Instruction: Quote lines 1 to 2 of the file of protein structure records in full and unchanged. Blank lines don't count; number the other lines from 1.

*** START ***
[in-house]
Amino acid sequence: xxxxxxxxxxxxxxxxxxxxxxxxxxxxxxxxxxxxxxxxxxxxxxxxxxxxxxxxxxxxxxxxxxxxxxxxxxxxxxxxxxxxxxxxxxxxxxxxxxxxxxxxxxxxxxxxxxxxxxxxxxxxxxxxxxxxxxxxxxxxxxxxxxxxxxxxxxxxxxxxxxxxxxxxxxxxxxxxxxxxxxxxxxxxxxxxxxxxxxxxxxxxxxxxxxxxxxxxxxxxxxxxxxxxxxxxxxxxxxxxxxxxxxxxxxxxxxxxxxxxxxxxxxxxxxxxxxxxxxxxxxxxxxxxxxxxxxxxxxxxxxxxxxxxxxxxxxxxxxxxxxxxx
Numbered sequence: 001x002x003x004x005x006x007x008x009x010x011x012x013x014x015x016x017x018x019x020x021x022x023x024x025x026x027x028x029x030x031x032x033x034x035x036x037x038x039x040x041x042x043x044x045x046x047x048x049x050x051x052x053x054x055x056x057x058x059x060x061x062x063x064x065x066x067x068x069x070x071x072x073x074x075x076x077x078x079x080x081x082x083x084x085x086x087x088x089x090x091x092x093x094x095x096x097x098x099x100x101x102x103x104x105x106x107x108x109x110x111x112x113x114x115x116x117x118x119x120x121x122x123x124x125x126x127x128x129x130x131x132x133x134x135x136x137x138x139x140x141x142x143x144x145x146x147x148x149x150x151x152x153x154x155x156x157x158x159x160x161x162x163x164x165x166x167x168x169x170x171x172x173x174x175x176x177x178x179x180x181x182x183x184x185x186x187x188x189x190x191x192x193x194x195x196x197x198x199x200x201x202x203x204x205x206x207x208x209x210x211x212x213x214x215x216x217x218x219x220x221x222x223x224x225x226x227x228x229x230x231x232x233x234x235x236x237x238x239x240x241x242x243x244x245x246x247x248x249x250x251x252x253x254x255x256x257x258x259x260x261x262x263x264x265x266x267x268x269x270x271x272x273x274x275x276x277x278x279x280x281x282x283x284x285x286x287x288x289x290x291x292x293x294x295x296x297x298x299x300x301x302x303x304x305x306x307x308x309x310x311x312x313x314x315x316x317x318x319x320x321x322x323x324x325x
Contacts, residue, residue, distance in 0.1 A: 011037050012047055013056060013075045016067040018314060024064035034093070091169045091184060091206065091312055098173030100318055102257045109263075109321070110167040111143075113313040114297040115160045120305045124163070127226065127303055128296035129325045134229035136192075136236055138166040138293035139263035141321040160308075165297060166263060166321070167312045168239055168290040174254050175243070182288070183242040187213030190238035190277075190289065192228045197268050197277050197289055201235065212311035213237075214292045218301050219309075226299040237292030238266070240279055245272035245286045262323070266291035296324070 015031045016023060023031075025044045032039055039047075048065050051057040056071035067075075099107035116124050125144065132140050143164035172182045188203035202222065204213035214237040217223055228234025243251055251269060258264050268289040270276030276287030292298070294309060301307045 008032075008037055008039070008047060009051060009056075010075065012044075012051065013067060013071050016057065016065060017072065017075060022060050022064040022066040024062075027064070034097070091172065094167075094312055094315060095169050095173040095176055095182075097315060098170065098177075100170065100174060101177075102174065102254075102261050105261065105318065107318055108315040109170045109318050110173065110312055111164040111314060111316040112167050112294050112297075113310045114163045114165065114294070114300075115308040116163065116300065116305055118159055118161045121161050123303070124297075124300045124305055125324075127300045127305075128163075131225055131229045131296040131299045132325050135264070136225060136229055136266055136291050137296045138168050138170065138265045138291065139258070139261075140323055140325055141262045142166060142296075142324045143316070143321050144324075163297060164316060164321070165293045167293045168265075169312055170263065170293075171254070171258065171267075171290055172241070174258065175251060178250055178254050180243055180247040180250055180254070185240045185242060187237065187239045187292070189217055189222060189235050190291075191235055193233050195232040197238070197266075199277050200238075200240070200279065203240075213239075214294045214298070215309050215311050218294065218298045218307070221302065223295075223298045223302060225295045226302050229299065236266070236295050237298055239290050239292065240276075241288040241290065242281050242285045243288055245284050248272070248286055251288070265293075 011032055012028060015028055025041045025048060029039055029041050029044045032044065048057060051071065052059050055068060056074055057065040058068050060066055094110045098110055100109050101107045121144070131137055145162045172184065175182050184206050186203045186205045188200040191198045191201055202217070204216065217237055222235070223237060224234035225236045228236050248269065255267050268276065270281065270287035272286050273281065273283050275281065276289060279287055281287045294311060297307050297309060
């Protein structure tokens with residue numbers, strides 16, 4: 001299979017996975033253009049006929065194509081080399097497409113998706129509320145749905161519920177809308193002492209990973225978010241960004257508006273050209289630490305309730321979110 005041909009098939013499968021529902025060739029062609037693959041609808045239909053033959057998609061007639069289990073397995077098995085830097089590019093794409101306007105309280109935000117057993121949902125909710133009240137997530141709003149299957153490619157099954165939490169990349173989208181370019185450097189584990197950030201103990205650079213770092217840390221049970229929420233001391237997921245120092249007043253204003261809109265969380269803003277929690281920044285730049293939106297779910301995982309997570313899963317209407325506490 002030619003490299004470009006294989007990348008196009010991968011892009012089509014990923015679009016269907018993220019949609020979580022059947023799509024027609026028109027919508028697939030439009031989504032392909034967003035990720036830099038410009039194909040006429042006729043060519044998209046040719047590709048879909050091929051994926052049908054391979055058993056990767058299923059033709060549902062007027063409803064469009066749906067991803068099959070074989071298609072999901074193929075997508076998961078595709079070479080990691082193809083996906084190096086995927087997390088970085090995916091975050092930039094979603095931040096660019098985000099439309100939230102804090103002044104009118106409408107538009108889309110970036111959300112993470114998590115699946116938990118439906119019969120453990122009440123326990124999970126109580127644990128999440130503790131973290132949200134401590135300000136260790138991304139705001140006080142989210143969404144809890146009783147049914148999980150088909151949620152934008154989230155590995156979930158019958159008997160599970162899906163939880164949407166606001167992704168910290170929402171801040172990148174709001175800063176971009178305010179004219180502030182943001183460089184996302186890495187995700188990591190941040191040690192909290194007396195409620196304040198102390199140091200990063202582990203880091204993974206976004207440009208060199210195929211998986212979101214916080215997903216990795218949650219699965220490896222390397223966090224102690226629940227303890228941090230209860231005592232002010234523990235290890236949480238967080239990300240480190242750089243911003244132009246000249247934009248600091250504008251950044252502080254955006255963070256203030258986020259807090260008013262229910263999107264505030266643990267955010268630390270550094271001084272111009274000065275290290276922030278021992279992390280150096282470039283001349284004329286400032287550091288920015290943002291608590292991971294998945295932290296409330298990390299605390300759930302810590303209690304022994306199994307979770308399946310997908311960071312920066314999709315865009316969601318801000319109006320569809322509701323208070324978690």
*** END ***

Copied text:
[in-house]
Amino acid sequence: xxxxxxxxxxxxxxxxxxxxxxxxxxxxxxxxxxxxxxxxxxxxxxxxxxxxxxxxxxxxxxxxxxxxxxxxxxxxxxxxxxxxxxxxxxxxxxxxxxxxxxxxxxxxxxxxxxxxxxxxxxxxxxxxxxxxxxxxxxxxxxxxxxxxxxxxxxxxxxxxxxxxxxxxxxxxxxxxxxxxxxxxxxxxxxxxxxxxxxxxxxxxxxxxxxxxxxxxxxxxxxxxxxxxxxxxxxxxxxxxxxxxxxxxxxxxxxxxxxxxxxxxxxxxxxxxxxxxxxxxxxxxxxxxxxxxxxxxxxxxxxxxxxxxxxxxxxxxxxxxxxxxx